UN documents prisoners’ torture, abuse in Ukrainian conflict

International

FILE – In this Thursday, April 16, 2020 file photo, Ukrainian war prisoners wearing masks to protect against coronavirus cross a mine barrier during a prisoner exchange, near the village of Mayorske, Luhansk region, eastern Ukraine. The United Nations human rights agency said in a report released Friday, July 2, 2021 that prisoners taken by the warring parties in the separatist conflict in eastern Ukraine have faced systematic torture, sexual violence and other abuses. (Yevgen Honcharenko, Pool Photo via AP, File)

KYIV, Ukraine (AP) — Prisoners taken by the warring parties in the separatist conflict in eastern Ukraine have endured systematic torture, sexual violence and other abuses, the United Nations human rights agency said in a report released Friday.

The report issued by the Office of the United Nations High Commissioner for Human Rights (OHCHR) said that prisoners’ abuse was particularly rampant in the initial stage of the seven-year conflict, but noted that it continues to this day.

“Seven years since the outbreak of the conflict, it is unacceptable that such egregious human rights violation remain largely unaddressed,” said Matilda Bogner, Head of the UN Human Rights Monitoring Mission in Ukraine. “The prohibition of torture and other cruel, inhuman or degrading treatment is absolute. Torture can never be justified.”

The conflict in Ukraine’s eastern industrial heartland called the Donbas erupted in April 2014 weeks after Russia’s annexation of Ukraine’s Crimean Peninsula that followed the ouster of the country’s former Moscow-leaning president. Russia-backed separatists took control of large areas in the Donetsk and Luhansk regions, established the so-called ‘people’s republics’ and fought the government forces attempting to reclaim control. More than 14,000 people have been killed.

The OHCHR estimated the total number of conflict-related detentions from April 14, 2014 until April 30, 2021 at 7,900-8,700 , including 3,600-4,000 by the government side and 4,300-4,700 by separatists.

It said in the report that both sides used secret detention facilities immune from any prosecutorial oversight or access by rights monitors. The government side stopped using them in 2017 but the separatists continue to hold prisoners incommunicado, denying access to their relatives and monitors to that moment, the OHCHR said.

The OHCHR analyzed more than 1,300 individual cases of conflict-related detention. It said that in cases that occurred only between 2014-2015, 74% of detainees held by government forces and 82.2% to 85.7% of those held by the rebels in the Donetsk and Luhansk regions respectively were frequently subjected to torture and ill-treatment.

It estimated the total number of conflict-related detainees subjected to torture and ill-treatment in 2014-2021 at around 4,000 – 1,500 at the hands of government agents and about 2,500 by separatists. They included an estimated 340 victims of sexual violence.

The OHCHR said that both in the government-controlled and separatist-held territories “torture and ill-treatment, including conflict-related sexual violence, were used to extract confessions or information, or to otherwise force detainees to cooperate, as well as for punitive purposes, to humiliate and intimidate, and to extort money and property.”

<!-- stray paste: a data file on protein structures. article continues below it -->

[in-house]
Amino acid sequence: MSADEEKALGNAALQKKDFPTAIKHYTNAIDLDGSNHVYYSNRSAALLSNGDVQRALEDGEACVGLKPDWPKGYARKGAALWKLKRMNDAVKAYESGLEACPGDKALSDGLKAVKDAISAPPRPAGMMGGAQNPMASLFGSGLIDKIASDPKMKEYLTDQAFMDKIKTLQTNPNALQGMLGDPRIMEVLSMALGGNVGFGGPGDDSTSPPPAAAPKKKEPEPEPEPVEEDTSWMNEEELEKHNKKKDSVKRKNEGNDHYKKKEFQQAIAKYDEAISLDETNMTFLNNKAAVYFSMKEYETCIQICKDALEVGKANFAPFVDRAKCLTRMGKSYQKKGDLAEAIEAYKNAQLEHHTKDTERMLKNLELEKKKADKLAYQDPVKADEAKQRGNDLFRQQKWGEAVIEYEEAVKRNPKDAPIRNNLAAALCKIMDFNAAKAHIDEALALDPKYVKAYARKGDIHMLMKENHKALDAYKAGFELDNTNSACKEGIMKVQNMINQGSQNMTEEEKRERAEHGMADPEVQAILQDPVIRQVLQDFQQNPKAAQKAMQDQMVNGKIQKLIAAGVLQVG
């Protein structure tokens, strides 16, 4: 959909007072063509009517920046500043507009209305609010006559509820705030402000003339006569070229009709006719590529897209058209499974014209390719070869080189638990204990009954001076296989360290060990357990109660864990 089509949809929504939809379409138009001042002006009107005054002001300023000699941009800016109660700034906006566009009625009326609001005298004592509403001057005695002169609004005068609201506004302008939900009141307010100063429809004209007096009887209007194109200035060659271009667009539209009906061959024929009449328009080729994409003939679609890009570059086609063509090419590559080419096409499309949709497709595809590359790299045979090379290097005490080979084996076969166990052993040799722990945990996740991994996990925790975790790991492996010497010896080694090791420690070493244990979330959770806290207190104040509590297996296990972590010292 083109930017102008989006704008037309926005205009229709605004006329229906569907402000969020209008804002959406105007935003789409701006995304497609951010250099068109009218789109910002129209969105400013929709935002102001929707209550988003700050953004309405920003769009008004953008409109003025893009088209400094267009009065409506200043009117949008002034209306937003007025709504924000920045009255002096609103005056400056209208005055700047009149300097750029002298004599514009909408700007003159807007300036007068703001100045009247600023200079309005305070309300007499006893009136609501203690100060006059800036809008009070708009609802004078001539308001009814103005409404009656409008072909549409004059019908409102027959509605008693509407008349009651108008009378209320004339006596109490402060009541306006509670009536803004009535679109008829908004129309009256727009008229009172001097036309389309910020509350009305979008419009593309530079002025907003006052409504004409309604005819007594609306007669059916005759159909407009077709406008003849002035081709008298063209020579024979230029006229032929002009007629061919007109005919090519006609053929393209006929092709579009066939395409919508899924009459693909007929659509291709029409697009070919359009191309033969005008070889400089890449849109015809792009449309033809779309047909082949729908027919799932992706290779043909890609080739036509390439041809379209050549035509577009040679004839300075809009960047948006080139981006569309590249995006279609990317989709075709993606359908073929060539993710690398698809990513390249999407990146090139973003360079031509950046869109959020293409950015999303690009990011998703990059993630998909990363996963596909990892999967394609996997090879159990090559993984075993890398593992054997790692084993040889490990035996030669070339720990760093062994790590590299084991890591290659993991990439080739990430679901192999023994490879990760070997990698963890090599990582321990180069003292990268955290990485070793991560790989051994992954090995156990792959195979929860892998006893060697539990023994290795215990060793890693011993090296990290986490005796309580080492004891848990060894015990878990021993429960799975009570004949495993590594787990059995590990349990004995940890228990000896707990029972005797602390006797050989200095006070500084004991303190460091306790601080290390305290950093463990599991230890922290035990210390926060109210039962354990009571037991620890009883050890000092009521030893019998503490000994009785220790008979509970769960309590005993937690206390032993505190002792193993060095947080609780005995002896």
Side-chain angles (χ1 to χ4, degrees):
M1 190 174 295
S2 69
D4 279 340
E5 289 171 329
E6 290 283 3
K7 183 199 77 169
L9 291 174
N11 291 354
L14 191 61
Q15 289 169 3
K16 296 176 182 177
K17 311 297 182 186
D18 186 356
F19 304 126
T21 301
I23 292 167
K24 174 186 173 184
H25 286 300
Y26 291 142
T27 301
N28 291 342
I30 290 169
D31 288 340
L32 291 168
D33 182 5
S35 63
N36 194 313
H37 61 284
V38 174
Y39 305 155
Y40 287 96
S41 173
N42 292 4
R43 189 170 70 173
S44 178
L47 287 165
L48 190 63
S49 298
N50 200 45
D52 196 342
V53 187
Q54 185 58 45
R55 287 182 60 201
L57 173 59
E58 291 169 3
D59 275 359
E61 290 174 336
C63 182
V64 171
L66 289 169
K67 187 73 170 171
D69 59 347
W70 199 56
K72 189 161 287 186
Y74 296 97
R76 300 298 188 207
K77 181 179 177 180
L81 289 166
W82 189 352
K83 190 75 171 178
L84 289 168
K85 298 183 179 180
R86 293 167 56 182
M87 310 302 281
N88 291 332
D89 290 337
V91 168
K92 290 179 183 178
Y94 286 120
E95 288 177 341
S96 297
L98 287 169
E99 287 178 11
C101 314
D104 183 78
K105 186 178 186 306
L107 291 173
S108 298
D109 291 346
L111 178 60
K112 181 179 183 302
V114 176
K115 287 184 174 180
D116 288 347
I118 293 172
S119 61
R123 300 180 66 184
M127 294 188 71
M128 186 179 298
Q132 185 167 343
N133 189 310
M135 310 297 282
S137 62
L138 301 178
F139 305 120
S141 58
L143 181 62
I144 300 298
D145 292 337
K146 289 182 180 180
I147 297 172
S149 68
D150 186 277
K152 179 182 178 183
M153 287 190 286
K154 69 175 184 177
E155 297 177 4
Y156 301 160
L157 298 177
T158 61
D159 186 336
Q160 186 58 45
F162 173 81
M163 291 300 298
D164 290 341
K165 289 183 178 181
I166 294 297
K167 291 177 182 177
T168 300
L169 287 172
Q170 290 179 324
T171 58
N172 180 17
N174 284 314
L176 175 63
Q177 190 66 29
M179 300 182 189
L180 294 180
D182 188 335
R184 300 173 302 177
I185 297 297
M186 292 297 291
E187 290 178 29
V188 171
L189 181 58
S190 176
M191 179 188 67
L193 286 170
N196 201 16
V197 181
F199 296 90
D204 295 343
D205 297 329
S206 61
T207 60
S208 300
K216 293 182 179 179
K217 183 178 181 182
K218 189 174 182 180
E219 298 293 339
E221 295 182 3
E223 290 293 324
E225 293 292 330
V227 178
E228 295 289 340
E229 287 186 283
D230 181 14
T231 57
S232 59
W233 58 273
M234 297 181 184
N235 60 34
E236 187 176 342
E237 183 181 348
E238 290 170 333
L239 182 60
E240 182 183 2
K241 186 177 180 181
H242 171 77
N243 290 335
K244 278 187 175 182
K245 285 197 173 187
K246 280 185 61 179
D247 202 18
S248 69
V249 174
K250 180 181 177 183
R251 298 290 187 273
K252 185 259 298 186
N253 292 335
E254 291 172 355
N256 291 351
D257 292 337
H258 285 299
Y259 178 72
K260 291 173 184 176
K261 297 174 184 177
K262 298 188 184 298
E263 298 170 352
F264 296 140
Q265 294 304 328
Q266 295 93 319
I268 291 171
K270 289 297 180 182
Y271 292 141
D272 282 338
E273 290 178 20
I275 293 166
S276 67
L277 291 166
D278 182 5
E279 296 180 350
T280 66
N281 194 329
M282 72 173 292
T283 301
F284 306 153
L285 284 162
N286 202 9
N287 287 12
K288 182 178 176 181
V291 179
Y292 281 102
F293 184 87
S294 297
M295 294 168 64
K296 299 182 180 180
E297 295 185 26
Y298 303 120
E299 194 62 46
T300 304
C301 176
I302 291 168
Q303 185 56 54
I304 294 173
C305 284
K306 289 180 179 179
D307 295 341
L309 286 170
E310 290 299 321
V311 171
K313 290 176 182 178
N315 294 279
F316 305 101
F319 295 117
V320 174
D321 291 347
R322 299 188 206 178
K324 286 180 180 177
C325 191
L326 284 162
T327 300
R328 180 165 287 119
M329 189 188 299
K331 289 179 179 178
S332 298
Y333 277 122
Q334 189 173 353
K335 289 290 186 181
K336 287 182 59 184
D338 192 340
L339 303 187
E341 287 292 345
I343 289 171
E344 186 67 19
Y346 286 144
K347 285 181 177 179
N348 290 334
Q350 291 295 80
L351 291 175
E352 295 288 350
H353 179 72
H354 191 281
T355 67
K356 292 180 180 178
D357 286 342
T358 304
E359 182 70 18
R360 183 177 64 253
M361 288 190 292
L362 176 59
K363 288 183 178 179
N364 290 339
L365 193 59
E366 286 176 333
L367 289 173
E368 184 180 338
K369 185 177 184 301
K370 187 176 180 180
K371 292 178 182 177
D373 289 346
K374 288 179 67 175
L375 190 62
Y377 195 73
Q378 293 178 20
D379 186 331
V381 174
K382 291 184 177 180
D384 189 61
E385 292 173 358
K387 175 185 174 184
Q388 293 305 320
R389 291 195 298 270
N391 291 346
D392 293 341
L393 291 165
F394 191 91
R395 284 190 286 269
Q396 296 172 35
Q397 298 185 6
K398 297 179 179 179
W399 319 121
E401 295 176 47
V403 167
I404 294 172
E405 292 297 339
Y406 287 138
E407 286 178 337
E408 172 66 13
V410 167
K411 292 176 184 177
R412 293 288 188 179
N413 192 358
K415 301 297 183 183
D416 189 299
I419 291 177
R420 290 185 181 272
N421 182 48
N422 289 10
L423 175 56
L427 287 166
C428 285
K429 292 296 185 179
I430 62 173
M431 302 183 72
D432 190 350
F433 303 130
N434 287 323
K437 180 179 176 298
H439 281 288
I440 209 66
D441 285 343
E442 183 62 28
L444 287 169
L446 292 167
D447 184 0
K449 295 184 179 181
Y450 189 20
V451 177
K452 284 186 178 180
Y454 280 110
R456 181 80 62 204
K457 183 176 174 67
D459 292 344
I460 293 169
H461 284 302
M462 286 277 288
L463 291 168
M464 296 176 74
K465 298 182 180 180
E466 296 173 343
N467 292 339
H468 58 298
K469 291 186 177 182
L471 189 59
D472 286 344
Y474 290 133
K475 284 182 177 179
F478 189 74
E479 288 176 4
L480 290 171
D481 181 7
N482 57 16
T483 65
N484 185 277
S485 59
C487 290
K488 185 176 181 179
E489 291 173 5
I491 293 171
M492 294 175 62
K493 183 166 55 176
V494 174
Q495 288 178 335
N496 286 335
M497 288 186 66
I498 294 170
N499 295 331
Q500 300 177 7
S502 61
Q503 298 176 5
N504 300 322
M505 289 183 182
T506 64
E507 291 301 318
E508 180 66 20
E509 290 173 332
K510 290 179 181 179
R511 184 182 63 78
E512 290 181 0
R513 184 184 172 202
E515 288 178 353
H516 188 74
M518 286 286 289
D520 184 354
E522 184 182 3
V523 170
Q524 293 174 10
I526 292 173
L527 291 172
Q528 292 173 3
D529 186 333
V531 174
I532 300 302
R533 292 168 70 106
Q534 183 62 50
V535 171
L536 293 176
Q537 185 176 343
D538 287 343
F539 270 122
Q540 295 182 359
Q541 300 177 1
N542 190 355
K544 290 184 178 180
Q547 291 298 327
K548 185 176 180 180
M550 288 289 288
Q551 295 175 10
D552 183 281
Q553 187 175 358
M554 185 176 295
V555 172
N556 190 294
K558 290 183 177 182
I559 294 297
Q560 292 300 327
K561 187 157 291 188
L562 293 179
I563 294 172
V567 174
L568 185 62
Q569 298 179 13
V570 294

Methods of torture and ill-treatment used by both sides included beatings, dry and wet asphyxiation, electrocution, rape, forced nudity, water, food, sleep or toilet deprivation, mock executions, hooding, and threats of death or further torture or sexual violence, or harm to family members.

Stanislav Aseyev, a journalist who worked for the U.S.-funded Radio Free Europe/Radio Liberty and spent 28 months in the Izoliatsia (Isolation) separatist prison in Donetsk, said the facility had an elaborate system of torture that put emphasis on electric shock.

“They would strip a person naked tied to a metal chair with a band and then apply electric shock to different body parts,” Aseyev, who was released in a 2019 prisoner swap, told The Associated Press.

Aseyev, who was also subjected to torture, said that hearing others screaming in pain under torture in a nearby cell has added to the trauma. “It’s unbearable to hear a person crying from torture in a neighboring room,” he told the AP.

OHCHR pointed to the Security Service of Ukraine (SBU) as the most common perpetrator of arbitrary detention, torture and ill-treatment on the government side, adding that volunteer battalions were also responsible at the initial stages of the conflict.

On the rebel side, the report said that various armed groups and later members of separatist ‘ministries of state security’ were responsible for prisoner torture and abuse.

The report noted that most of the abuses have remained unpunished.

“We have observed a lack of political will and motivation to investigate the cases allegedly perpetrated by government actors, as well as misuse of procedures to avoid proper investigation of such cases,” Bogner said. “While we can count victims in the thousands, perpetrators brought to account only number in the dozens.”

Copyright 2021 The Associated Press. All rights reserved. This material may not be published, broadcast, rewritten or redistributed.

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